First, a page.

David Hilfiker

David Hilfiker, author of Not All of Us Are Saints, is a retired physician and founder of Joseph’s House, a community for homeless men with AIDS in Washington, D.C.

Posts By This Author

My Year with Alzheimer's

by David Hilfiker 11-30-2017
I was emotionally and spiritually more open; I experienced God’s grace.

SIX YEARS AGO I began gradually losing cognitive function: getting lost in familiar areas, losing mental arithmetic skills, getting confused, and losing memory. A year later a neurologist diagnosed me with “probable” Alzheimer’s disease.

As a physician, I knew what “probable” meant: He thought I had it but wouldn’t make a formal diagnosis until it got worse. I believed I had Alzheimer’s disease. One year later, however, my cognitive dysfunction, while still real even today, had improved slightly and, more important, had not been progressive. A new medical test demonstrated conclusively that, whatever it was, I didn’t have Alzheimer’s. So... for one year I had “Alzheimer’s”; then I didn’t.

I hesitate to write this for fear of downplaying the very real suffering of Alzheimer’s disease. For caregivers, it can be especially devastating. But my year of believing I had Alzheimer’s was among the best of my life. I became less aloof; my friends said I was more pleasant; I was emotionally and spiritually more open; I experienced God’s grace.

I chose not to keep my diagnosis to myself. I went slowly but informed an ever-widening circle. After I announced it to our small congregation, they overwhelmed me with their love and support. It had always been there, I’m sure, but now I experienced it.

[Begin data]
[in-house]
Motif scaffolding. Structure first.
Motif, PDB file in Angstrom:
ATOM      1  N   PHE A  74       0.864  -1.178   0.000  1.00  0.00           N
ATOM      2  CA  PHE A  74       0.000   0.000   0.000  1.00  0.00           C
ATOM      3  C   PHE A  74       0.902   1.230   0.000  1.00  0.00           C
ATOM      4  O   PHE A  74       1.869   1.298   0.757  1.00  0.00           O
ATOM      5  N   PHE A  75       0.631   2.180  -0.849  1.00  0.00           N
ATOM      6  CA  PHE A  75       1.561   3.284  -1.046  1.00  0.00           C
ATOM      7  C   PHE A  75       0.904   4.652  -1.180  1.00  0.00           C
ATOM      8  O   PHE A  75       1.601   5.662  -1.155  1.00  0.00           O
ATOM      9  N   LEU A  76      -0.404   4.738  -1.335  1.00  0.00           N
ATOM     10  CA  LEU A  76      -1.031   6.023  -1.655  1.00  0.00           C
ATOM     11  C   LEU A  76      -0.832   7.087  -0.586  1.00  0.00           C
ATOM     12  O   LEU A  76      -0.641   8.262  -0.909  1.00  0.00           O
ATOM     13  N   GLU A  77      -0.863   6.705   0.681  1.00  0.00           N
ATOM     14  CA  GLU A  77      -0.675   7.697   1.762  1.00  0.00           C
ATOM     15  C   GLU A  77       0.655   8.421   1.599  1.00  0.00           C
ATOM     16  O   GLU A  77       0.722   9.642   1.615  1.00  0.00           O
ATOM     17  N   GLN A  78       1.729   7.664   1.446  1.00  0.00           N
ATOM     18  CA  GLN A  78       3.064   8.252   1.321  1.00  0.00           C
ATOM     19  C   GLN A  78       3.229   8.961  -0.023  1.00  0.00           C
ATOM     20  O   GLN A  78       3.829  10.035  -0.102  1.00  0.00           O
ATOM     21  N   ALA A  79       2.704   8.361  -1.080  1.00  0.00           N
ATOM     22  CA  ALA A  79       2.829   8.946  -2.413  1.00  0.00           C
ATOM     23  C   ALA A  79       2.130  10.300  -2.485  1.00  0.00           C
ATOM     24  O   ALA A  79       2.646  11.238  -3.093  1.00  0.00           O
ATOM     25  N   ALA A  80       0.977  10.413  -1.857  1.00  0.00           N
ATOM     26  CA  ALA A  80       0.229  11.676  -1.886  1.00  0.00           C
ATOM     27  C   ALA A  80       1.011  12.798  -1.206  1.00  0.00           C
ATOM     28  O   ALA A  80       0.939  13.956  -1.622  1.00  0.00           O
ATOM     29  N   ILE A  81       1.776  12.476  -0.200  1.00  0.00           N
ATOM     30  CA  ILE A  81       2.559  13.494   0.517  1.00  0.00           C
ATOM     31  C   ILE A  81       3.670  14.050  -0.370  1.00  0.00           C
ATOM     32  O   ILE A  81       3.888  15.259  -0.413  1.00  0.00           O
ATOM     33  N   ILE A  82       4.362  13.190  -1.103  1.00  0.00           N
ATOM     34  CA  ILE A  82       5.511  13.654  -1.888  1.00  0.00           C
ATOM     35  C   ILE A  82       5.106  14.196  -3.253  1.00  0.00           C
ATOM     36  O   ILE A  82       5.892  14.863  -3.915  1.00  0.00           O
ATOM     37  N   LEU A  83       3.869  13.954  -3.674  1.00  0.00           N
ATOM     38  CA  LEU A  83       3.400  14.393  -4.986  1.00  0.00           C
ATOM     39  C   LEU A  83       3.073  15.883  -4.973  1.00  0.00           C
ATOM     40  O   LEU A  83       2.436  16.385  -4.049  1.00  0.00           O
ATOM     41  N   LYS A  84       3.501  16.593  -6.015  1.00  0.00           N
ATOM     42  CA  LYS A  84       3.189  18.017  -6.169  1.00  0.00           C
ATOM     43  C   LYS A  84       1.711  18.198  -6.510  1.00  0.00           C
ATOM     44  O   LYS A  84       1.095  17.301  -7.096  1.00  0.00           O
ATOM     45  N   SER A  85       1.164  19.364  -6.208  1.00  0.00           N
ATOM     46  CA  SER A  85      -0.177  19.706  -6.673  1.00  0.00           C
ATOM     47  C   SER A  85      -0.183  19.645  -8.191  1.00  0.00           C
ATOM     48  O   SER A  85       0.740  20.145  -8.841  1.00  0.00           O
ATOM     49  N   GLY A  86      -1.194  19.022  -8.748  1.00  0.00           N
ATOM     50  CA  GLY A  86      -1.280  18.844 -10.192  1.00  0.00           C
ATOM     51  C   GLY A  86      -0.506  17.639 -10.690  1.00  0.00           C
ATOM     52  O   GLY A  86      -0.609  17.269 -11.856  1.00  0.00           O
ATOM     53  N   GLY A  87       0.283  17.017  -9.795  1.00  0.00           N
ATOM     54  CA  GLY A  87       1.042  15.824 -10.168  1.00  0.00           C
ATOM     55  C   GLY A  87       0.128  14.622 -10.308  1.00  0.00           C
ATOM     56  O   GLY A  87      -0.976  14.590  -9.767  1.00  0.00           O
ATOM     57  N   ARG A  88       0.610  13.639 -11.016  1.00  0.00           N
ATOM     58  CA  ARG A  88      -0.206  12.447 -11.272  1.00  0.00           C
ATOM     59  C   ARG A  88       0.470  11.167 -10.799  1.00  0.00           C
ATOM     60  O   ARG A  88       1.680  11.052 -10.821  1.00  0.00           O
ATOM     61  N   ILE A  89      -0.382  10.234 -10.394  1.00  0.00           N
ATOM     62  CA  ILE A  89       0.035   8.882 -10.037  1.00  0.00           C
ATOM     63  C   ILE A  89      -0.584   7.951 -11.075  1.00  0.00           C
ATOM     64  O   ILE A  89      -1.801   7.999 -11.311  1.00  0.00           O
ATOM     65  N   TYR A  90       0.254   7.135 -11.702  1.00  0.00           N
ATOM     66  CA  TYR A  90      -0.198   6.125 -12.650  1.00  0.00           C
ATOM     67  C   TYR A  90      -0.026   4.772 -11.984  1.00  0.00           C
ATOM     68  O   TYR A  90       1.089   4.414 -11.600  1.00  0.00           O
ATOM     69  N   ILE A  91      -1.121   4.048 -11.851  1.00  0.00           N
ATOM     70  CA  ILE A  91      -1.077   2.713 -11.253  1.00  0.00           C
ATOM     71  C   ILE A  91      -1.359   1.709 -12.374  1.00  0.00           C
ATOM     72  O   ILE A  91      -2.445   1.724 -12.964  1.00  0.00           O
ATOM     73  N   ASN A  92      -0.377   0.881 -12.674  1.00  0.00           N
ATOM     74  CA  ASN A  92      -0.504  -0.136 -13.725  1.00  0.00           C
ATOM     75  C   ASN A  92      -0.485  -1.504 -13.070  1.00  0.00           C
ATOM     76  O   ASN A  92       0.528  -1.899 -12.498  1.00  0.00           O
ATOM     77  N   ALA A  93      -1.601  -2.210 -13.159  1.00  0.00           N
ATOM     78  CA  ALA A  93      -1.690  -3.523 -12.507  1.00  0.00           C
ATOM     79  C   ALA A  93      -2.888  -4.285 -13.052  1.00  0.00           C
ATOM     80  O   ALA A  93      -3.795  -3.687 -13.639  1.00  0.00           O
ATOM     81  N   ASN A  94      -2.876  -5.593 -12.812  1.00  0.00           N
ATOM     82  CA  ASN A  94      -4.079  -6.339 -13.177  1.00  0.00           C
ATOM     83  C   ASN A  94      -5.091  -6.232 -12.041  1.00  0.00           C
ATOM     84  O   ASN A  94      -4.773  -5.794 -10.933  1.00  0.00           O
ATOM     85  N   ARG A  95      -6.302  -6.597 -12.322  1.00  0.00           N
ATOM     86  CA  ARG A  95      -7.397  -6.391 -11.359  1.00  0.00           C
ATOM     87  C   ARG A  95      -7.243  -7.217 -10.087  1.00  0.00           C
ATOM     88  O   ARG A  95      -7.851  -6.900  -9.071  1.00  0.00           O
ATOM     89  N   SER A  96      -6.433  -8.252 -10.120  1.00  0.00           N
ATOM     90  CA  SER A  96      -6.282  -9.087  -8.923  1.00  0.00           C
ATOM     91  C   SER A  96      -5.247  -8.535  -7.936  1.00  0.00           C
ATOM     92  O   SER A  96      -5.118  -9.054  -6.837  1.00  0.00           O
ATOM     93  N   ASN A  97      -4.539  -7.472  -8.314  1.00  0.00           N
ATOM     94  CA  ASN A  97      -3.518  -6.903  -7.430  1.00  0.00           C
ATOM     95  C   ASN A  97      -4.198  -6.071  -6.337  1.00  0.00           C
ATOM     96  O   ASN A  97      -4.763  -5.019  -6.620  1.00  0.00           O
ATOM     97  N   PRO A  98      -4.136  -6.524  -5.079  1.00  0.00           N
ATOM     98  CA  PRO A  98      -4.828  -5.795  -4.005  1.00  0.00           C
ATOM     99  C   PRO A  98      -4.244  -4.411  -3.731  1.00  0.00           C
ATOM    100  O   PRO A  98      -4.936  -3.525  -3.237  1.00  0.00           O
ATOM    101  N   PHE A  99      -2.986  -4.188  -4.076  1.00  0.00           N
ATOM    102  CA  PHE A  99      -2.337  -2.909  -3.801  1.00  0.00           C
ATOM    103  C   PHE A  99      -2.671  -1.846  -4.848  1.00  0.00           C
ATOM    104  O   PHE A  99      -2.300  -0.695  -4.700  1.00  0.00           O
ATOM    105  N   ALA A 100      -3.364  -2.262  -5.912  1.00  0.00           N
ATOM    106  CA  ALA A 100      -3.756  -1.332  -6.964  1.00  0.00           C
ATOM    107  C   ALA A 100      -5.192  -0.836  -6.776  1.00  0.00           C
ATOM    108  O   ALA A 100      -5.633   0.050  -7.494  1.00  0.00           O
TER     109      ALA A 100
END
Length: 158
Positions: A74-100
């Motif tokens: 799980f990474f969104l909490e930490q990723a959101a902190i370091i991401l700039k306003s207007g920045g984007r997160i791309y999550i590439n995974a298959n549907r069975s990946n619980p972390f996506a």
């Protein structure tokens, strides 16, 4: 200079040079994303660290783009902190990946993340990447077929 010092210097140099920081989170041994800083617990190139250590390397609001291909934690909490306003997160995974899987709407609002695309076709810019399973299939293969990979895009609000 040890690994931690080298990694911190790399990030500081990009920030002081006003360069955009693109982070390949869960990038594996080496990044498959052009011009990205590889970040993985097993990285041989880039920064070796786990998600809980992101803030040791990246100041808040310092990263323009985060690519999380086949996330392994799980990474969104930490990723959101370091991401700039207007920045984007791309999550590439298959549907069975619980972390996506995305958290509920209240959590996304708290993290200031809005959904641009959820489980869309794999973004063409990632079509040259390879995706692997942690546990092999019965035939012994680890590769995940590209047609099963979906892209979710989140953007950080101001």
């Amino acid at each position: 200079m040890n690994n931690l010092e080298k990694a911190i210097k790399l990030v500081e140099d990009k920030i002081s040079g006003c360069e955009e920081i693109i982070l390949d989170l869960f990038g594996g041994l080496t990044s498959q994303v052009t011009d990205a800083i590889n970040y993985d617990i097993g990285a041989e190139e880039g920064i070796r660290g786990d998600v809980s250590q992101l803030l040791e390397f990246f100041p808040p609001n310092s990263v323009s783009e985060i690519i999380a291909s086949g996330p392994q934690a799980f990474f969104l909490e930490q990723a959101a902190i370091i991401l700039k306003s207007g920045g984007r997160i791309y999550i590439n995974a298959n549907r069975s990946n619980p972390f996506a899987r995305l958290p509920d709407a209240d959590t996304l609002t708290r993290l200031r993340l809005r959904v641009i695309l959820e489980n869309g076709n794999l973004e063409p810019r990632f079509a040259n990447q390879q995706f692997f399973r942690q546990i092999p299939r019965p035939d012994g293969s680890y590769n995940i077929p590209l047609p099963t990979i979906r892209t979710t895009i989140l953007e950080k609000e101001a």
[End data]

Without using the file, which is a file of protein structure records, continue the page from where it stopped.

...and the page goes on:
To chronicle my losses, I began a blog, “Watching the Lights Go Out.” A small community developed around the blog, mostly caregivers but others with cognitive loss, too, some much more advanced than mine. I discovered a stunning hopefulness. A minority of people with Alzheimer’s certainly become paranoid, hostile, and generally unpleasant. But the majority, it seems, are like Janice Hicks’ mom: more receptive, perhaps, and living “squarely in the present.”

The Democracy Deficit

by David Hilfiker 11-01-2011

Doomsday threats and Wall Street influence erode U.S. government for the people.

A 'Post-Growth' Society

by David Hilfiker 09-01-2009
The Bridge at the End of the World: Capitalism, the Environment, and Crossing from Crisis to Sustainability, by James Gustave Speth. Yale University Press.

American Mythology

by David Hilfiker 09-01-2004
Every culture needs a scapegoat.

Still Separate, Still Unequal

by David Hilfiker 05-01-2004
50 years after Brown, segregation remains in force.

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